Based on the most recent die down during 2007/08 financial crisis which resulted in -1.2% annual growth in global air traffic passenger demand, the estimation of COVID-19 impact aggregates between 35% to -65% than the expected decline in international passengers in 2020* (ICAO Air Transport Reporting Form A and A-s Plus ICAO estimates, 2020). To address the demand and supply gaps which airlines have pushed to reduce their network operations until the demand bounces back, for instance, some leading legacy carriers has reduced up to 98% of their network route. On the other hand, the airline companies with strong financial backing from the government are now planning to gradually increase more routes which was suspended due to COVID-19 in early March 2020.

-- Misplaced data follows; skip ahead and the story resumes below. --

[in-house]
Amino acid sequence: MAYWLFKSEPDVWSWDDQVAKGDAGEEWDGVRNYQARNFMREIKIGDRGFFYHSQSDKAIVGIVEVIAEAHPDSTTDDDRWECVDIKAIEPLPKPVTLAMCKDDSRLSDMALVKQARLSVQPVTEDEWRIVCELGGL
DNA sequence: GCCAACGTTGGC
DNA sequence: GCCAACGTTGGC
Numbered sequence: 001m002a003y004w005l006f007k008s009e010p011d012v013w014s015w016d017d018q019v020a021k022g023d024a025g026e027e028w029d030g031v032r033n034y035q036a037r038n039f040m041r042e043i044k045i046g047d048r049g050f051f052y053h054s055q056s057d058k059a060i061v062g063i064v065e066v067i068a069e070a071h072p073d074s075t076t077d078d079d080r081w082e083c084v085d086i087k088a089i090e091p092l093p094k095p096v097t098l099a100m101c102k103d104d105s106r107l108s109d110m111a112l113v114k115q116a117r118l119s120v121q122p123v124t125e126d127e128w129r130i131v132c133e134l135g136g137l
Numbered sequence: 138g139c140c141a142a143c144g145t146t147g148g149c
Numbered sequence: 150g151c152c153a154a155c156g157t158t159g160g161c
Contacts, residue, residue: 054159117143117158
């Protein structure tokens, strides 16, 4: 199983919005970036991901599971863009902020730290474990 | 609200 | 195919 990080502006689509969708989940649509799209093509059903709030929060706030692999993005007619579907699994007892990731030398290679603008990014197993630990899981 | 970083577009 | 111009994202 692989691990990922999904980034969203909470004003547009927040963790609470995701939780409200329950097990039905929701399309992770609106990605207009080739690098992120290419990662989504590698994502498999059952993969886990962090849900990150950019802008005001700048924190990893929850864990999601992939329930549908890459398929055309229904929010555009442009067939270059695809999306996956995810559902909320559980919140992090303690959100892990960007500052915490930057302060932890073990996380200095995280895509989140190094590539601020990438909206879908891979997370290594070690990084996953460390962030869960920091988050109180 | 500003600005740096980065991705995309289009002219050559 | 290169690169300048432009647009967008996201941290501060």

Many airline companies may not survive until post pandemic era, CAPA center for aviation has predicted that by end of May 80% of seat factor will be go down and due to less demand, and many airlines will be grounded. Further, the companies have started to lay off their workforce in order to reduce the operation costs and survive through the crisis. CNN Business Insider emphasized that government backing is mandatory before the company faces fatal catastrophe in their business. Also, certain airlines have already sought government support and are under discussion to save their company as the demand goes down.